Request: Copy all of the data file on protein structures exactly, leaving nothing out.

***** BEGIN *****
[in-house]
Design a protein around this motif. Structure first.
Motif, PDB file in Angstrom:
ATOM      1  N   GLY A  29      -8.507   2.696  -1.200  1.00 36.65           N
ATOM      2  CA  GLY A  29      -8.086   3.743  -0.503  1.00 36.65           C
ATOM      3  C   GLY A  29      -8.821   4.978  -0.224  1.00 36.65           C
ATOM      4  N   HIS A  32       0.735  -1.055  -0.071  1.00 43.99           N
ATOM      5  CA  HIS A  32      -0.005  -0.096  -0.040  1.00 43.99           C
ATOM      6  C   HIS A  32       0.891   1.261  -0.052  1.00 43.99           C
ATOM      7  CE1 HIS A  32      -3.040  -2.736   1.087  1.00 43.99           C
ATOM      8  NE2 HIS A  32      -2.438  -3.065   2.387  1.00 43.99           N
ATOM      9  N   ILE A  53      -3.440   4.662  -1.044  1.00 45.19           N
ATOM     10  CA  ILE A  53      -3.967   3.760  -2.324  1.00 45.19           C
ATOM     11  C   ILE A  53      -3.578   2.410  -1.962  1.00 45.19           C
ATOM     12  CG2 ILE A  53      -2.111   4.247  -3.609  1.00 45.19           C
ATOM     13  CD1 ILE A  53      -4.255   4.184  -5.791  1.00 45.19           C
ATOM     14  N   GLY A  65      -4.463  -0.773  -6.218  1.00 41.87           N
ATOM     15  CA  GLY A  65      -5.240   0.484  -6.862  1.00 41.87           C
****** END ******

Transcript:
[in-house]
Design a protein around this motif. Structure first.
Motif, PDB file in Angstrom:
ATOM      1  N   GLY A  29      -8.507   2.696  -1.200  1.00 36.65           N
ATOM      2  CA  GLY A  29      -8.086   3.743  -0.503  1.00 36.65           C
ATOM      3  C   GLY A  29      -8.821   4.978  -0.224  1.00 36.65           C
ATOM      4  N   HIS A  32       0.735  -1.055  -0.071  1.00 43.99           N
ATOM      5  CA  HIS A  32      -0.005  -0.096  -0.040  1.00 43.99           C
ATOM      6  C   HIS A  32       0.891   1.261  -0.052  1.00 43.99           C
ATOM      7  CE1 HIS A  32      -3.040  -2.736   1.087  1.00 43.99           C
ATOM      8  NE2 HIS A  32      -2.438  -3.065   2.387  1.00 43.99           N
ATOM      9  N   ILE A  53      -3.440   4.662  -1.044  1.00 45.19           N
ATOM     10  CA  ILE A  53      -3.967   3.760  -2.324  1.00 45.19           C
ATOM     11  C   ILE A  53      -3.578   2.410  -1.962  1.00 45.19           C
ATOM     12  CG2 ILE A  53      -2.111   4.247  -3.609  1.00 45.19           C
ATOM     13  CD1 ILE A  53      -4.255   4.184  -5.791  1.00 45.19           C
ATOM     14  N   GLY A  65      -4.463  -0.773  -6.218  1.00 41.87           N
ATOM     15  CA  GLY A  65      -5.240   0.484  -6.862  1.00 41.87           C